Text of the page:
Ming was arrested in Vancouver, Canada in 2018 on the basis of a U.S. arrest warrant, and is seeking to prevent her extradition to the United States over allegations that Huawei violated U.S. sanctions on Iran in a case that sparked a crisis in Canadian-Chinese relations.
As part of a “deferred prosecution deal” with the US Department of Justice, the newspaper said Ming will plead guilty to a series of fraud and conspiracy alleged alleged violations by Huawei.
Both sides hope to reach an agreement by the end of President Donald Trump’s term, noting that Ming is reluctant to agree to an agreement under which she committed offenses, the sources say.
Ming’s arrest worsened relations between Canada and China, and Beijing arrested the Canadians Michael Covrig and Michael Spur, which the West saw as a retaliatory response.
According to the newspaper, the deal could pave the way for the Canadians’ release, citing sources close to the file.
Until now, Ming’s lawyers have tried to block the extradition process, claiming that their client’s rights were violated during her arrest, which Canada has denied.
Ming says he is a victim of political persecution, and the United States is attacking Huawei in an effort to limit China’s technological advancement.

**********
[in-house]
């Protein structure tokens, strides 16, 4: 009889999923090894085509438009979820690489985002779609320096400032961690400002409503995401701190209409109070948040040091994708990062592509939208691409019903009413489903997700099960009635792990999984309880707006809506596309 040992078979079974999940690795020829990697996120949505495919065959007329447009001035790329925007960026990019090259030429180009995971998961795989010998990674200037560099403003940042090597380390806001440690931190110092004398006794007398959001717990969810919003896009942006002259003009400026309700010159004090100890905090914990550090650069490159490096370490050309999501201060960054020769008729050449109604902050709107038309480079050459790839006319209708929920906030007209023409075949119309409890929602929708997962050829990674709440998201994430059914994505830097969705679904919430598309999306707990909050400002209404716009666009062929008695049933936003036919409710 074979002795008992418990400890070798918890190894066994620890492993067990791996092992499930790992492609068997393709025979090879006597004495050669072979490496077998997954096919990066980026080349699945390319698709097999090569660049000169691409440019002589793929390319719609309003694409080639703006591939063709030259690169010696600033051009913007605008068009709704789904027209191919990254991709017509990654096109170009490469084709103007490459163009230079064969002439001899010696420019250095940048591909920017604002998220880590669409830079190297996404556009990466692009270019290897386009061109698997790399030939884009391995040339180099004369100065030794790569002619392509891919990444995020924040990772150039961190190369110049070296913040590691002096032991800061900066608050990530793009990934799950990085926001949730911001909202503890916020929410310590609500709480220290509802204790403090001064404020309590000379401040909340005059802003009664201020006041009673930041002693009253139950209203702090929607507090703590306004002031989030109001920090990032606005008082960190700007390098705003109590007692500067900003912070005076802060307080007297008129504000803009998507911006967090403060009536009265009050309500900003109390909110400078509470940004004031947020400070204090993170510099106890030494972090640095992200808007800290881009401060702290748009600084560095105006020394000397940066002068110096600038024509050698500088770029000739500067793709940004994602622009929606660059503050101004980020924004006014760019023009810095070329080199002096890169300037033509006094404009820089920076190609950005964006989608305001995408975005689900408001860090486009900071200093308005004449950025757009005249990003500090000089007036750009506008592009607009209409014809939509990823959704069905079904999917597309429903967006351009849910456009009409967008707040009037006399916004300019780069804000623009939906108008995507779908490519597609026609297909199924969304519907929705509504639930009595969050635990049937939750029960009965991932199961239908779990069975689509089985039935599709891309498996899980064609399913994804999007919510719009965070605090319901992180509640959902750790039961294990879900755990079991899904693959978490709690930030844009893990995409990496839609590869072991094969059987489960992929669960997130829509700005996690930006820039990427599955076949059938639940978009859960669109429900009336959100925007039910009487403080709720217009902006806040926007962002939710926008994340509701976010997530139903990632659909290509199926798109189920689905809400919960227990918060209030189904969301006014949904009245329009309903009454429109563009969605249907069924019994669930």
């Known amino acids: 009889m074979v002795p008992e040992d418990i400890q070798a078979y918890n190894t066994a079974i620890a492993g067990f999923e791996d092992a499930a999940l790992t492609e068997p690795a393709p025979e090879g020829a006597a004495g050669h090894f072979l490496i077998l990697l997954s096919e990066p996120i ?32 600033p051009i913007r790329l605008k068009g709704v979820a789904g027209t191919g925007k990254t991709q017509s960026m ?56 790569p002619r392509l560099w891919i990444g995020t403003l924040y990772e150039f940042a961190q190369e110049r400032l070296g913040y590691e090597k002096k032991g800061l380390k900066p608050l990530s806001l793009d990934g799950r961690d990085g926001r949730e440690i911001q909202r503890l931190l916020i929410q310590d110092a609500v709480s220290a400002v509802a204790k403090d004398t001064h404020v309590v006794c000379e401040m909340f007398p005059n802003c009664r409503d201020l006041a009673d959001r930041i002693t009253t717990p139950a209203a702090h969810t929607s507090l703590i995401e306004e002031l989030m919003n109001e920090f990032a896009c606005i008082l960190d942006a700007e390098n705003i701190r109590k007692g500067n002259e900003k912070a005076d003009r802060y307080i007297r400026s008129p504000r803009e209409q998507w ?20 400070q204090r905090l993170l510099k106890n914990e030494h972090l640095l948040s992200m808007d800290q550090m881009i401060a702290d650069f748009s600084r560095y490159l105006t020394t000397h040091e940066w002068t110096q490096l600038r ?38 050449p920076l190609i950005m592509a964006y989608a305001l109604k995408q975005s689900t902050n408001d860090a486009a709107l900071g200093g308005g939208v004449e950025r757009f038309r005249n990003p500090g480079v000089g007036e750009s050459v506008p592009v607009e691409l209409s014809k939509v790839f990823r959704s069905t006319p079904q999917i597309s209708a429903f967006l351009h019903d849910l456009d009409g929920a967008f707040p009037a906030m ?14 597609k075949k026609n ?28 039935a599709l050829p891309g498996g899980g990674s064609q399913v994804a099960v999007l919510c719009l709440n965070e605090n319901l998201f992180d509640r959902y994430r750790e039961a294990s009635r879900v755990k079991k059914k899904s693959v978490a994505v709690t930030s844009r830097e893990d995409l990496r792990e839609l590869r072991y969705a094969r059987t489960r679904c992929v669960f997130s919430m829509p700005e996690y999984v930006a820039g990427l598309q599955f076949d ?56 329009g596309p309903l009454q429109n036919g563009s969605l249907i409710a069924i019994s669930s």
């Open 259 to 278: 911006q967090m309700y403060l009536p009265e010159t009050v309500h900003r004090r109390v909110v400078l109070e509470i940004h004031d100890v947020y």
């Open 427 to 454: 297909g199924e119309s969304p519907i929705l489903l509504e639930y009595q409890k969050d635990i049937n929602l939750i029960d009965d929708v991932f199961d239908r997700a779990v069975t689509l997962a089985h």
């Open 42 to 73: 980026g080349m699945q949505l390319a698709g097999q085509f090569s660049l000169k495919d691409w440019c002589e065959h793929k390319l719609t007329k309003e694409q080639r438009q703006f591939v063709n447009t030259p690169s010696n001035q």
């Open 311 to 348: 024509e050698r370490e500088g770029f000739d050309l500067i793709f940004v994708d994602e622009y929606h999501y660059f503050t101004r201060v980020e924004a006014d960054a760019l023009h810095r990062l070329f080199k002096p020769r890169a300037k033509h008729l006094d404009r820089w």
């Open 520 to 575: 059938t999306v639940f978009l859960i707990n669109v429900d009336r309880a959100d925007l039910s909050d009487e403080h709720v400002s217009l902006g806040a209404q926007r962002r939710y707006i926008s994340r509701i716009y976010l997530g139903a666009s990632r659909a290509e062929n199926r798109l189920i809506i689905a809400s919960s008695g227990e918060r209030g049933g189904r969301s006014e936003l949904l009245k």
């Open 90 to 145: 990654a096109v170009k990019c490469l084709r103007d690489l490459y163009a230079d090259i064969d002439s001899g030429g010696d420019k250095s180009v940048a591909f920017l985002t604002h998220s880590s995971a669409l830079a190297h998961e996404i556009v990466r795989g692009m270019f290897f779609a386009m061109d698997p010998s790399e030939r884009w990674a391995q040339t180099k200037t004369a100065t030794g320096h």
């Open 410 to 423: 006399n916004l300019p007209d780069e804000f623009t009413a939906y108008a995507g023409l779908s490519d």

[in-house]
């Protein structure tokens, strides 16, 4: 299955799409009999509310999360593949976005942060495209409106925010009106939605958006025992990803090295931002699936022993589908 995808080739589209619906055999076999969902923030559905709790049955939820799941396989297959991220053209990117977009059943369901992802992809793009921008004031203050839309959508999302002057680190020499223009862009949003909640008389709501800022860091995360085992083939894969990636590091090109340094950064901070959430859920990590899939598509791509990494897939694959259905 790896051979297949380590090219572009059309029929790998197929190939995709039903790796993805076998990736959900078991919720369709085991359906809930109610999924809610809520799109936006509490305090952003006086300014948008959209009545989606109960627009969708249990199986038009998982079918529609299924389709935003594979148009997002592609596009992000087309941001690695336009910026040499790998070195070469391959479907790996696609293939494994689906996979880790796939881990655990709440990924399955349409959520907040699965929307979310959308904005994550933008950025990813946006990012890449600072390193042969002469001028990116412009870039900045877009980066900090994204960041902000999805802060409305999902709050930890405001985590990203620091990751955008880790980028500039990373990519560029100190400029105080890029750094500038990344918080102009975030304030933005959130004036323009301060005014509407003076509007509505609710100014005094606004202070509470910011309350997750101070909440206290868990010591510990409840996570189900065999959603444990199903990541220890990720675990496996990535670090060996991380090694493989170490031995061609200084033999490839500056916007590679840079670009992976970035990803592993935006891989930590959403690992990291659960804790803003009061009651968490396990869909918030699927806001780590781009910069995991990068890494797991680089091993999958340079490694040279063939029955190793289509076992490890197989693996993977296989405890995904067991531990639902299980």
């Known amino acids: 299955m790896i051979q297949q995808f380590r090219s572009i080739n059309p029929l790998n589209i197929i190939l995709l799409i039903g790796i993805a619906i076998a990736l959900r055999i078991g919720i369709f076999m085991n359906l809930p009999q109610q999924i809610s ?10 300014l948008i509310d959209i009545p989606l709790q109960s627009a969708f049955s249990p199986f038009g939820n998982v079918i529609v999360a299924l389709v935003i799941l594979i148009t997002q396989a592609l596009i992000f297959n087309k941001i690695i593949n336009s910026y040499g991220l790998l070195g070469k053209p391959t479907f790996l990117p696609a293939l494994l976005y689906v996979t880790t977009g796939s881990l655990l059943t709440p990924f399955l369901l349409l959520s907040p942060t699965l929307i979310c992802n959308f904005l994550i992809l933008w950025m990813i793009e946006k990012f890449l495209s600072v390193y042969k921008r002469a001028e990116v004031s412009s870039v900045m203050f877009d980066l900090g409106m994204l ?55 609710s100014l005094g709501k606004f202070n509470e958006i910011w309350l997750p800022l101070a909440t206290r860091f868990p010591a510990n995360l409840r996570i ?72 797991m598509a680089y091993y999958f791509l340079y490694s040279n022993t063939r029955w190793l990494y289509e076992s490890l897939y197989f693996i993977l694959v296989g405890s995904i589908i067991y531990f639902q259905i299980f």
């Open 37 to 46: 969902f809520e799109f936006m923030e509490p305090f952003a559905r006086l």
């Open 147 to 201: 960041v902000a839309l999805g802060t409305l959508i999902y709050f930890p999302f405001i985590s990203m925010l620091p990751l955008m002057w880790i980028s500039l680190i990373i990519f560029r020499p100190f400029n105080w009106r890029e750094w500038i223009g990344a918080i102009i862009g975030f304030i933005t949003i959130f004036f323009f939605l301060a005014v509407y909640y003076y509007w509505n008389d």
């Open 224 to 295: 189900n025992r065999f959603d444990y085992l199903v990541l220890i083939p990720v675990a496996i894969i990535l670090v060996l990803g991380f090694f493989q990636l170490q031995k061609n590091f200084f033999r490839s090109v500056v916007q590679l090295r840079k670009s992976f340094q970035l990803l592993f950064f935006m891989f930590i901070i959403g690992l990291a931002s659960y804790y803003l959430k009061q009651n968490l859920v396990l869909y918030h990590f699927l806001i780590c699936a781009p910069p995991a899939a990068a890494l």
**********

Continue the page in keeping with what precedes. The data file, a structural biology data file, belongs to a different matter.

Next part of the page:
The US has imposed severe sanctions on Huawei, preventing foreign semiconductor manufacturers from selling chips made with US technology to the company.
Many Western countries have banned the use of Huawei hardware or are considering withdrawing it from the 5G network due to concerns about Chinese espionage. Huawei officials said the attacks were driven by the US’s desire to overthrow a successful business competitor.
Beijing did not comment on the report released on Friday, but renewed Canada’s calls to release Ming and allow her to return to China.
“Ming Wanzhou is innocent,” Foreign Ministry spokeswoman Hua Chunying said in a press conference Friday. “She did not commit any of the alleged crimes in the United States and Canada.”
“The nature of the Ming-Wanzhou case is very clear,” she added. “It is entirely related to the US political goals of restricting the growth of Chinese high-tech companies, and Canada has played a very shameful role in this.”